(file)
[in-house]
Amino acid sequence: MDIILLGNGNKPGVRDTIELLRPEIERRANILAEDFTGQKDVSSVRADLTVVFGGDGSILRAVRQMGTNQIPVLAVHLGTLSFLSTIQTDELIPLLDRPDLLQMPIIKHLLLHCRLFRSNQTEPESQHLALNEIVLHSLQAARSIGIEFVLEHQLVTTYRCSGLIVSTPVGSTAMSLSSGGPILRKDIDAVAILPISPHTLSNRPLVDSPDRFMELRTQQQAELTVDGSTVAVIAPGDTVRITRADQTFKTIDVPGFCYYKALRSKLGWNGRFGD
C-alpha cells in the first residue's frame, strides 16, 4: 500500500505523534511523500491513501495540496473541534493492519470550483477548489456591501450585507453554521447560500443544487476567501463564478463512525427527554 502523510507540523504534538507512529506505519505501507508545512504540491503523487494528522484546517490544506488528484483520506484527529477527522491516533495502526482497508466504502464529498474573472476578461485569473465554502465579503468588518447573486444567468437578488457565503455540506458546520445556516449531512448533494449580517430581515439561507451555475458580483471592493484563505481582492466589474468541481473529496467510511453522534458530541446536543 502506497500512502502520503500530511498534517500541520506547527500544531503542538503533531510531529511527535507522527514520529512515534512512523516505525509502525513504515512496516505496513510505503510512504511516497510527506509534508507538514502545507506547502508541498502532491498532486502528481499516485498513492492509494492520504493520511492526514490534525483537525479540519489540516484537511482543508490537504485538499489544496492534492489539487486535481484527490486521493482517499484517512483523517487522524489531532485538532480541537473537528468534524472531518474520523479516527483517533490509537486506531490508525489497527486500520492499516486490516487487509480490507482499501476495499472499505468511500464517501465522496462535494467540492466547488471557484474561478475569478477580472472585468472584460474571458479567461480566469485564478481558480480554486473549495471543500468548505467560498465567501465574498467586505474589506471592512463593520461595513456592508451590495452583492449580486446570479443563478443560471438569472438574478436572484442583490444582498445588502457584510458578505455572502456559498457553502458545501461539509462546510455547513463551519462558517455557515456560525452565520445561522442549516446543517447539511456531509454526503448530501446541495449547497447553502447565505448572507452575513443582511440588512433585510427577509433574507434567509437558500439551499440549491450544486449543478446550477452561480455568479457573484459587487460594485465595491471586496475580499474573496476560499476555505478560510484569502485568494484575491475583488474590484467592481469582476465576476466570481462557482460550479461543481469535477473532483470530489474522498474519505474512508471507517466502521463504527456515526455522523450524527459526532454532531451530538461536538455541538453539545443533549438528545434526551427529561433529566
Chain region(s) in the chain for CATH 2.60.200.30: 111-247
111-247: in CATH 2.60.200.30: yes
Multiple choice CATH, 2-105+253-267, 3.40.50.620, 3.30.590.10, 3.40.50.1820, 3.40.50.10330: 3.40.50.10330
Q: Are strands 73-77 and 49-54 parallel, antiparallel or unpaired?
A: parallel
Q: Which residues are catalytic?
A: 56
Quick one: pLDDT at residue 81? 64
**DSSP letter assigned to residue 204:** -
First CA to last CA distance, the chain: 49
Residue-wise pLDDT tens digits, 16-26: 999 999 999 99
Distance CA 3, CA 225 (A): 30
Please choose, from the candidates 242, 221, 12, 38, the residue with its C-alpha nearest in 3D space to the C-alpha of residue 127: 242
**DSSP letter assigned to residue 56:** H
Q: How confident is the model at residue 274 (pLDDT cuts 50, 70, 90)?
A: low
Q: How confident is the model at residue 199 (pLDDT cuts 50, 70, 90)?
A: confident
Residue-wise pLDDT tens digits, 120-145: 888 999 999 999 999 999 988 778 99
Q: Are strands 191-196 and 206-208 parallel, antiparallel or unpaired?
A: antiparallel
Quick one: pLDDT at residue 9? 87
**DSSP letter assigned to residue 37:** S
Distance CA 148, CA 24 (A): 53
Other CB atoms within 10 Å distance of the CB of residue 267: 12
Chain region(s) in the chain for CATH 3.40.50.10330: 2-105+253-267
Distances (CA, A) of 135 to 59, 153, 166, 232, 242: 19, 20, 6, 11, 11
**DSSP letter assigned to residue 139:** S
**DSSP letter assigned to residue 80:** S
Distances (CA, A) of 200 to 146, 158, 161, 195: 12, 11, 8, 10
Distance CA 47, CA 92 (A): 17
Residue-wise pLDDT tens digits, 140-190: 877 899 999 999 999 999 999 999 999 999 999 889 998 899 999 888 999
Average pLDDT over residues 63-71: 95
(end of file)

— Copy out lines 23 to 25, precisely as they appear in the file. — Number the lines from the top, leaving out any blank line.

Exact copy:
Q: Are strands 191-196 and 206-208 parallel, antiparallel or unpaired?
A: antiparallel
Quick one: pLDDT at residue 9? 87